Pierre Huyghe is a producer of spectacular and memorable enigmas, with works that function more like mirages than as objects. Abyssal Plain (2015–ongoing), his contribution to the 2015 Istanbul Biennial, curated by Carolyn Christov-Bakargiev, was installed on the seabed of the Marmara Sea, some 20 metres below the surface of the water and close to...
In the early decades of its existence, New York's Museum of Modern Art (MoMA), founded in 1929, transformed from a philanthropic project modestly housed in a few rooms of the Heckscher Building on the corner of Fifth Avenue and 57th Street, to an alleged operating node in the United States' cultural struggle during the cold war, and one of the...
Hans Hartung and Art Informel at Mazzoleni London (1 October 2019-18 January 2020) presents key works by the French-German painter while highlighting his connection with artists active in Paris during the 50s and 60s. In this video, writer and historian Alan Montgomery discusses Hartung's practice and its legacy.Born in Leipzig in 1904, Hans...
Pearl Lam Galleries is pleased to present Revelation, a solo exhibition by Chinese female artist Pang Tao (b. 1934), featuring a selection of paintings from the 1970s to the present. Although Pang was one of the earliest artists in modern China to explore abstract painting, she has been largely ignored by Chinese modern and contemporary art history. This show aims to illuminate Pang's original artistic experimentations in the historical context of Chinese contemporary art.
Pang Tao is the daughter of Pang Xunqin and Qiu Ti, two important members of the early Chinese avant-garde art group the Storm Society (Jue Lan She), which was formed in the 1930s. The artistic life of Pang had long been nourished by her parents as well as the generation of artists from before 1949, who were devoted to modern art since the beginning of the 20th century. In her later formative years, Pang worked as an independent artist and an educator in academia from the 1950s to 1970s, a period marked by the Cultural Revolution. Not interested in engaging with politics, Pang was discounted as academic and conservative, and her works did not spark much critical debate within the binary categorization of art as either 'new' or 'traditional' at the time. Pang lived in Paris for a year in 1984 and was among the first group of artists who were sent to Europe to study art.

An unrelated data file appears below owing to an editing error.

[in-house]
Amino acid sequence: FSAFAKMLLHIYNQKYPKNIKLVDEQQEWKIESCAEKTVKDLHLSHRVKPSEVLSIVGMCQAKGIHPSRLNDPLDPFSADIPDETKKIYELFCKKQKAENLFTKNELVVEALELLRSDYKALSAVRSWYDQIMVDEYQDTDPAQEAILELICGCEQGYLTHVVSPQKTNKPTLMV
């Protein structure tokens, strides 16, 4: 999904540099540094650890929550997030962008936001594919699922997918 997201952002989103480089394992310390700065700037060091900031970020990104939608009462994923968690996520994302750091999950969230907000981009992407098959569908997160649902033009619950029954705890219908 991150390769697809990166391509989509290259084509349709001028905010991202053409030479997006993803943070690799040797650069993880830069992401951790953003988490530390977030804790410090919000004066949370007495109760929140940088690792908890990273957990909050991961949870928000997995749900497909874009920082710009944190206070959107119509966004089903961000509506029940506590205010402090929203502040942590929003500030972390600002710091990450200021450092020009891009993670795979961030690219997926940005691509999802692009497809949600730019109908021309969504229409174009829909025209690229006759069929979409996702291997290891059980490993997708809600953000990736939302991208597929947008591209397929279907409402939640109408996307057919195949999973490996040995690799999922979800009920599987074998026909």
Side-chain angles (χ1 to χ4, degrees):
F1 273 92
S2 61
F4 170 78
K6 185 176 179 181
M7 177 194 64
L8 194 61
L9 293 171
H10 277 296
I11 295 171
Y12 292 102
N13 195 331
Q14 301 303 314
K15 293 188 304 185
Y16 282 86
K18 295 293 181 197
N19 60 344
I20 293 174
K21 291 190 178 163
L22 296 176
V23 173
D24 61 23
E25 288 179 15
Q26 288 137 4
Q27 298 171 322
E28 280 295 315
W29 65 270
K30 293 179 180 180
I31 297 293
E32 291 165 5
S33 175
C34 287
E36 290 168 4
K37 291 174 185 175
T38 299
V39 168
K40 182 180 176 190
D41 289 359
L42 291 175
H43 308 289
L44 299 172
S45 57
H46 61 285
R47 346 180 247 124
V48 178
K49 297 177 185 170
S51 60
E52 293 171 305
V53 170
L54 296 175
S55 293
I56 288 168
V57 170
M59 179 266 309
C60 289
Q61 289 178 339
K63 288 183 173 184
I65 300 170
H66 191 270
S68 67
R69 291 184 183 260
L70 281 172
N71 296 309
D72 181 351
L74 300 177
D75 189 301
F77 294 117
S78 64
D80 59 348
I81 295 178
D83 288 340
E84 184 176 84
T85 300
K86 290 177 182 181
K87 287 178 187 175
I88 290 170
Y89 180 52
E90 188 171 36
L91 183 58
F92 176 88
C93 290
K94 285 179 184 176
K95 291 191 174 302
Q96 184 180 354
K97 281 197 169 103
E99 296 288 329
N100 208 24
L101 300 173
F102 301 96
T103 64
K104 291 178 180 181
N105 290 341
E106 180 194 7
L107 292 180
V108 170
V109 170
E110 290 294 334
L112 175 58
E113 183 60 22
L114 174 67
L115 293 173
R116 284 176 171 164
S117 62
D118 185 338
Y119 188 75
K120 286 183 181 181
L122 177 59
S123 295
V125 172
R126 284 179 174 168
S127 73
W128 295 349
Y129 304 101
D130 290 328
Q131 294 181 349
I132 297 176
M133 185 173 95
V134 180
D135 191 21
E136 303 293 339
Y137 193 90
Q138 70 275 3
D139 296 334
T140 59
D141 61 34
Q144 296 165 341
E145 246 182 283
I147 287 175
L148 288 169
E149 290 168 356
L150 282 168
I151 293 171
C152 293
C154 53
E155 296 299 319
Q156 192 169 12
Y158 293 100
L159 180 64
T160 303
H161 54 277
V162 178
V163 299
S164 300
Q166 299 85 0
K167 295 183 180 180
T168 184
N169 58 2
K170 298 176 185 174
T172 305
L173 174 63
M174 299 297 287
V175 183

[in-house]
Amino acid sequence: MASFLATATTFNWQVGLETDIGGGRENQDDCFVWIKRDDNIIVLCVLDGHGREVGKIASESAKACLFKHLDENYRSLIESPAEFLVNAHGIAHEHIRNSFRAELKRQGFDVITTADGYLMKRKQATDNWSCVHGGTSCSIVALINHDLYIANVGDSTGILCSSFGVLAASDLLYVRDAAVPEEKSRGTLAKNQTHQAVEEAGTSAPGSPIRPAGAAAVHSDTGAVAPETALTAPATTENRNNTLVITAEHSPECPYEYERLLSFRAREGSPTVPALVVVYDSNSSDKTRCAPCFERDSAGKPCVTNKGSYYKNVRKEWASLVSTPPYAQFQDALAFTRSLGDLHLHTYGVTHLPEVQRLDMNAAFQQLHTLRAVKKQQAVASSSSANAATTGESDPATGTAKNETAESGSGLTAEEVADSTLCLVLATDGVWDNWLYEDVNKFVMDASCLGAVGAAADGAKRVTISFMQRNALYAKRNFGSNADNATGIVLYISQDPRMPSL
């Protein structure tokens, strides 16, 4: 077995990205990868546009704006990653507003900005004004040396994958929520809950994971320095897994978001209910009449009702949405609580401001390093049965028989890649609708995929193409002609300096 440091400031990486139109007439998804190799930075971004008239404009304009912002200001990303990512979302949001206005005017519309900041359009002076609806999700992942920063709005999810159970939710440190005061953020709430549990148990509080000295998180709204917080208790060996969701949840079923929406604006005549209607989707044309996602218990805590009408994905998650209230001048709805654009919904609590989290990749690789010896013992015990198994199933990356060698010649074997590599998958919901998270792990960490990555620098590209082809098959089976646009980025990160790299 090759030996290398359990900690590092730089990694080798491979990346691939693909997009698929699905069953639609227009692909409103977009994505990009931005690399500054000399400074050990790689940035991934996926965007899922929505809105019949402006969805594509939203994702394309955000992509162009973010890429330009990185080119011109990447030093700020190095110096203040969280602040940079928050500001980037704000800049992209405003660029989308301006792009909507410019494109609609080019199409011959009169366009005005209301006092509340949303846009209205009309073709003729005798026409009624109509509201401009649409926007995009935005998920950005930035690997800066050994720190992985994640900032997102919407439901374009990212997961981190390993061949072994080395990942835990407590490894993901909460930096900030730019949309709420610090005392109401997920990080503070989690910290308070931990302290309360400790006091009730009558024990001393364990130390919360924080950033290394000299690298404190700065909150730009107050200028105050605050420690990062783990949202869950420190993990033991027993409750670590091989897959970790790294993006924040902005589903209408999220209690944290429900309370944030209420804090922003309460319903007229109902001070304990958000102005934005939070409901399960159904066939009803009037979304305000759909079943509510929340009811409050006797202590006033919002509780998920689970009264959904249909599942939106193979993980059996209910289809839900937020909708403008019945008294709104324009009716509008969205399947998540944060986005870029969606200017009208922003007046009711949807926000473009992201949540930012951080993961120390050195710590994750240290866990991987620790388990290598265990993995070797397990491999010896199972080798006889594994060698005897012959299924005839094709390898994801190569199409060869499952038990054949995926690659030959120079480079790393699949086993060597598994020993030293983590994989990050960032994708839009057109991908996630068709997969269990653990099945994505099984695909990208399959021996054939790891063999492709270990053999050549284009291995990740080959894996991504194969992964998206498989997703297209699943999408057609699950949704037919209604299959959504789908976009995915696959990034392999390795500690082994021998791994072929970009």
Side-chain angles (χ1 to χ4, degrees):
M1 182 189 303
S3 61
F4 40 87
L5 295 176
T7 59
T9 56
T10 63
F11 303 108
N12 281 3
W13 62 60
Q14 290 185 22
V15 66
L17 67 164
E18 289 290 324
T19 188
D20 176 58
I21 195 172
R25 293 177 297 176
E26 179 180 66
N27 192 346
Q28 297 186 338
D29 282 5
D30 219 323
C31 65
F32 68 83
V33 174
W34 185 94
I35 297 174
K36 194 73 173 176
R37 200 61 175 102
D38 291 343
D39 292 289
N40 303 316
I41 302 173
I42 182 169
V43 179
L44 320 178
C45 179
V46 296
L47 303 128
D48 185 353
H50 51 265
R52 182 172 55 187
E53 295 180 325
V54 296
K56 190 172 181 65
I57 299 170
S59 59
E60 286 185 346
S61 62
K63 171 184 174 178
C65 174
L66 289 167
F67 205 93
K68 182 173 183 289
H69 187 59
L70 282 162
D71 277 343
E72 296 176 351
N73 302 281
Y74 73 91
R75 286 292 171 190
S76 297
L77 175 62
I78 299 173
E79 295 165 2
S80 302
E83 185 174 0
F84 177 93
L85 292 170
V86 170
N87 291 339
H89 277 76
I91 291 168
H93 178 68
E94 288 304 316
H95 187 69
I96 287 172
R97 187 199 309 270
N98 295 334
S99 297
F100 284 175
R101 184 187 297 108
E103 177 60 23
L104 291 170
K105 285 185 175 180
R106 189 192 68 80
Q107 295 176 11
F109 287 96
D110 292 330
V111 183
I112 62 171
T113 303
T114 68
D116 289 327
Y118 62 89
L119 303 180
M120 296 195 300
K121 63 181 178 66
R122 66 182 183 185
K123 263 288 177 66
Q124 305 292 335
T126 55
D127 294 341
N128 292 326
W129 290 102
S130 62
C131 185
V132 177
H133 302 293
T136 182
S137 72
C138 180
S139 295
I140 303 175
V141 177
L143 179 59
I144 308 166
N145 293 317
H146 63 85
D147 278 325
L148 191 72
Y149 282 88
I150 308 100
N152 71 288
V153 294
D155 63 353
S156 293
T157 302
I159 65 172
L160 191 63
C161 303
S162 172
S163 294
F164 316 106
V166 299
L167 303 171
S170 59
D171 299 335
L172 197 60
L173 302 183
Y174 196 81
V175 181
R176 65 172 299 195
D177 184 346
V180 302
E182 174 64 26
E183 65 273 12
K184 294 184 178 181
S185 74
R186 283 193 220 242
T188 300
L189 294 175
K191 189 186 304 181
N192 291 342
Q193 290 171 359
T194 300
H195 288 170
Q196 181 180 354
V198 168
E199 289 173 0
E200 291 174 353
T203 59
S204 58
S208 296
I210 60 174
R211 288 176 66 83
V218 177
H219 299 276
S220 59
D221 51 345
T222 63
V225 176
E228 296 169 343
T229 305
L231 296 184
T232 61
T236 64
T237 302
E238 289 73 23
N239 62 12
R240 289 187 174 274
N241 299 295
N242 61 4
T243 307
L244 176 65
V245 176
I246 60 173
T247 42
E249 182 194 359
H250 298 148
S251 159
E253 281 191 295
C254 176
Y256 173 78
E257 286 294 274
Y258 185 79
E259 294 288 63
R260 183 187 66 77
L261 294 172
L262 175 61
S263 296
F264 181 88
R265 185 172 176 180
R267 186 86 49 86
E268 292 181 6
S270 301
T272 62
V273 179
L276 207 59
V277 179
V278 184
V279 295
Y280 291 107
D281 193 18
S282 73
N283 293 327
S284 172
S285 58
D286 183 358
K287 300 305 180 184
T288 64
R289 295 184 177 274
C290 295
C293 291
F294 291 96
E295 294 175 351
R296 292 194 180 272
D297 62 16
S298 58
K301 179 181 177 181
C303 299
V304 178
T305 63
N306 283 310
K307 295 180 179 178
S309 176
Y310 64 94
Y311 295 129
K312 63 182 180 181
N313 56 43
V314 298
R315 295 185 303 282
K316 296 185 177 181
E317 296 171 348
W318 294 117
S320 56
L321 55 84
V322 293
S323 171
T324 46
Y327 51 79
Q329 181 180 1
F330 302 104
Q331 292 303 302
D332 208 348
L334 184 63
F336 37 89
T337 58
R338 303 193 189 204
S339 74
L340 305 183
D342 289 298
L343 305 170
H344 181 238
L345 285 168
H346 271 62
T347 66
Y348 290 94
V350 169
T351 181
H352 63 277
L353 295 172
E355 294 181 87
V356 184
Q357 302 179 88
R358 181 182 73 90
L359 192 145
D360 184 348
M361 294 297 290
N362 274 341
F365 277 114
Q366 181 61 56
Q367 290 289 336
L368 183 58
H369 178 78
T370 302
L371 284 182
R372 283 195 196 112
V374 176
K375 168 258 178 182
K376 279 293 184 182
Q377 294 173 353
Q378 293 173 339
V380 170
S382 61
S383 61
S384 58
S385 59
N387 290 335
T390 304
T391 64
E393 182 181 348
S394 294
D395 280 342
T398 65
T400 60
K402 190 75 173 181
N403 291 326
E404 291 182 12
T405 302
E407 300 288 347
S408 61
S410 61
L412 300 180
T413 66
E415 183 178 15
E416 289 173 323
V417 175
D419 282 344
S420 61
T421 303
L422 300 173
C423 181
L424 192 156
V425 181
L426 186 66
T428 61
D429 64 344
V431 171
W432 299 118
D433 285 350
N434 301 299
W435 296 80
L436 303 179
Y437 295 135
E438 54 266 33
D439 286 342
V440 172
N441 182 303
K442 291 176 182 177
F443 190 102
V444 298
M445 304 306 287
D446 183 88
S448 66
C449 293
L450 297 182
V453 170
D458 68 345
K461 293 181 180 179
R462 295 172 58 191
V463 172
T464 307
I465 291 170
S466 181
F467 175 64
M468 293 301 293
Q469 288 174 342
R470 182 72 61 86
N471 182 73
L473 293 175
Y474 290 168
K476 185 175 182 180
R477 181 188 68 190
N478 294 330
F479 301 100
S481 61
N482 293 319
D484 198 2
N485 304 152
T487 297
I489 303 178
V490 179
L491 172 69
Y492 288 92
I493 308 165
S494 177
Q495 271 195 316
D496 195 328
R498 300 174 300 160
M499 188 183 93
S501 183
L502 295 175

The exhibition starts with work from the late 1970s that were influenced by the socialist realist style of new China. One highlight is Just Borrowed Catalogue (1979), which depicts Pang's daughter, Lin Yan, gazing afar and holding onto a much sought-after Rembrandt catalogue. Breaking Waves (1979) is an expressive seascape that conveys a deep longing for freedom and captures the artist's own struggle to make art for art's sake after the end of the Cultural Revolution. Untitled 87 is a painting from 1987 that experimented with mixed media that altered the viewer's perception of light and colour.
The exhibition title, Revelation, is taken from Pang's notable series Revelation of Bronze that she began in the early 1980s and continued into the new millennium. The series serves as a significant point of departure when Pang consciously moved away from realism towards full abstraction. In this groundbreaking series, Pang flattens the imagery of bronzeware from the Shang dynasty in a meticulous manner and develops the painting through a formal exploration that goes well beyond decoration. The picture plane is imbued with patches of different colours and is delineated with fine lines to give the representation of a monolithic artefact an illusionary solidity. Revelation of Bronze – C32 (1992) depicts the shape of the bronze vessel with overlapping geometric shapes. The relation of points, lines, and planes becomes prominent with black, white, grey and yellow hues. A series of preparatory drawings will also be on view to convey Pang's working process.
Pang states, 'I chose the subject matter of bronzeware from the late Shang dynasty because they are culturally distinct... My wish has been to renew and re-enact the vigorous imagination of my ancestors by freely applying vivid colours to these patterns. I hope in doing so that these works will be set apart from their ancient predecessors and their counterparts in the West.'
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